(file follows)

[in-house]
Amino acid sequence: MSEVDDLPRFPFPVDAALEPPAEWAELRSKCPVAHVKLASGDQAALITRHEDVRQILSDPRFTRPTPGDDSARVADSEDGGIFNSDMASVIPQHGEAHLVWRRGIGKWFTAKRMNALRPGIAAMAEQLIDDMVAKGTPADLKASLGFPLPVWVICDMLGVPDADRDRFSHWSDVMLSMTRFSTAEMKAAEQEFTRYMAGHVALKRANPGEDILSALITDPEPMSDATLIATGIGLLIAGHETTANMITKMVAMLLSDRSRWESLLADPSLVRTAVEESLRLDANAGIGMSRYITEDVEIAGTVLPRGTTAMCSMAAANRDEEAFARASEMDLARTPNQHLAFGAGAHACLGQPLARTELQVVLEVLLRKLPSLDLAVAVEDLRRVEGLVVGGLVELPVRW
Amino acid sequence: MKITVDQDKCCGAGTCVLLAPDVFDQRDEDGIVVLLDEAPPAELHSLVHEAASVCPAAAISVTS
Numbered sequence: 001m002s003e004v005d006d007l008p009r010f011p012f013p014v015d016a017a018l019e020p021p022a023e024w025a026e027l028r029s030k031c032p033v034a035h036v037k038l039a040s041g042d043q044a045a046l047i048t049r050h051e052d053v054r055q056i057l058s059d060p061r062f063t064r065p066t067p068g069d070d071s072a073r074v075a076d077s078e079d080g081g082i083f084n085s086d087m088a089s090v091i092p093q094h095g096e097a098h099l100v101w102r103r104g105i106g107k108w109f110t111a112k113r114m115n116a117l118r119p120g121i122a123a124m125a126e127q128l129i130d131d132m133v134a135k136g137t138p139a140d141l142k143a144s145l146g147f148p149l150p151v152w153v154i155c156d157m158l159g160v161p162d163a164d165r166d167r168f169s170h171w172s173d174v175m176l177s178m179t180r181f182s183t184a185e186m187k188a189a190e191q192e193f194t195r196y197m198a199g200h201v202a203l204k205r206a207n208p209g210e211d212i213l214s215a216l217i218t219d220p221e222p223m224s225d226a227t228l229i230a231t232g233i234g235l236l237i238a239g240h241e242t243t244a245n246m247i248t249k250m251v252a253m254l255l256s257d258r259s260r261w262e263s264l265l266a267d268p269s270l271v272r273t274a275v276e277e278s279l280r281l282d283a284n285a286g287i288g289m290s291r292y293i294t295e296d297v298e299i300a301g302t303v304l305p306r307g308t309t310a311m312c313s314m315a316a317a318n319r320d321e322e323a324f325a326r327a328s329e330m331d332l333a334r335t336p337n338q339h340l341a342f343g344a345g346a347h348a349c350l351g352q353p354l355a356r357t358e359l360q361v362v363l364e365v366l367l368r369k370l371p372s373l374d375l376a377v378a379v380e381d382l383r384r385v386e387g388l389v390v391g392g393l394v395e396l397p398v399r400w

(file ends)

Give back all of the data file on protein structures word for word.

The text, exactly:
[in-house]
Amino acid sequence: MSEVDDLPRFPFPVDAALEPPAEWAELRSKCPVAHVKLASGDQAALITRHEDVRQILSDPRFTRPTPGDDSARVADSEDGGIFNSDMASVIPQHGEAHLVWRRGIGKWFTAKRMNALRPGIAAMAEQLIDDMVAKGTPADLKASLGFPLPVWVICDMLGVPDADRDRFSHWSDVMLSMTRFSTAEMKAAEQEFTRYMAGHVALKRANPGEDILSALITDPEPMSDATLIATGIGLLIAGHETTANMITKMVAMLLSDRSRWESLLADPSLVRTAVEESLRLDANAGIGMSRYITEDVEIAGTVLPRGTTAMCSMAAANRDEEAFARASEMDLARTPNQHLAFGAGAHACLGQPLARTELQVVLEVLLRKLPSLDLAVAVEDLRRVEGLVVGGLVELPVRW
Amino acid sequence: MKITVDQDKCCGAGTCVLLAPDVFDQRDEDGIVVLLDEAPPAELHSLVHEAASVCPAAAISVTS
Numbered sequence: 001m002s003e004v005d006d007l008p009r010f011p012f013p014v015d016a017a018l019e020p021p022a023e024w025a026e027l028r029s030k031c032p033v034a035h036v037k038l039a040s041g042d043q044a045a046l047i048t049r050h051e052d053v054r055q056i057l058s059d060p061r062f063t064r065p066t067p068g069d070d071s072a073r074v075a076d077s078e079d080g081g082i083f084n085s086d087m088a089s090v091i092p093q094h095g096e097a098h099l100v101w102r103r104g105i106g107k108w109f110t111a112k113r114m115n116a117l118r119p120g121i122a123a124m125a126e127q128l129i130d131d132m133v134a135k136g137t138p139a140d141l142k143a144s145l146g147f148p149l150p151v152w153v154i155c156d157m158l159g160v161p162d163a164d165r166d167r168f169s170h171w172s173d174v175m176l177s178m179t180r181f182s183t184a185e186m187k188a189a190e191q192e193f194t195r196y197m198a199g200h201v202a203l204k205r206a207n208p209g210e211d212i213l214s215a216l217i218t219d220p221e222p223m224s225d226a227t228l229i230a231t232g233i234g235l236l237i238a239g240h241e242t243t244a245n246m247i248t249k250m251v252a253m254l255l256s257d258r259s260r261w262e263s264l265l266a267d268p269s270l271v272r273t274a275v276e277e278s279l280r281l282d283a284n285a286g287i288g289m290s291r292y293i294t295e296d297v298e299i300a301g302t303v304l305p306r307g308t309t310a311m312c313s314m315a316a317a318n319r320d321e322e323a324f325a326r327a328s329e330m331d332l333a334r335t336p337n338q339h340l341a342f343g344a345g346a347h348a349c350l351g352q353p354l355a356r357t358e359l360q361v362v363l364e365v366l367l368r369k370l371p372s373l374d375l376a377v378a379v380e381d382l383r384r385v386e387g388l389v390v391g392g393l394v395e396l397p398v399r400w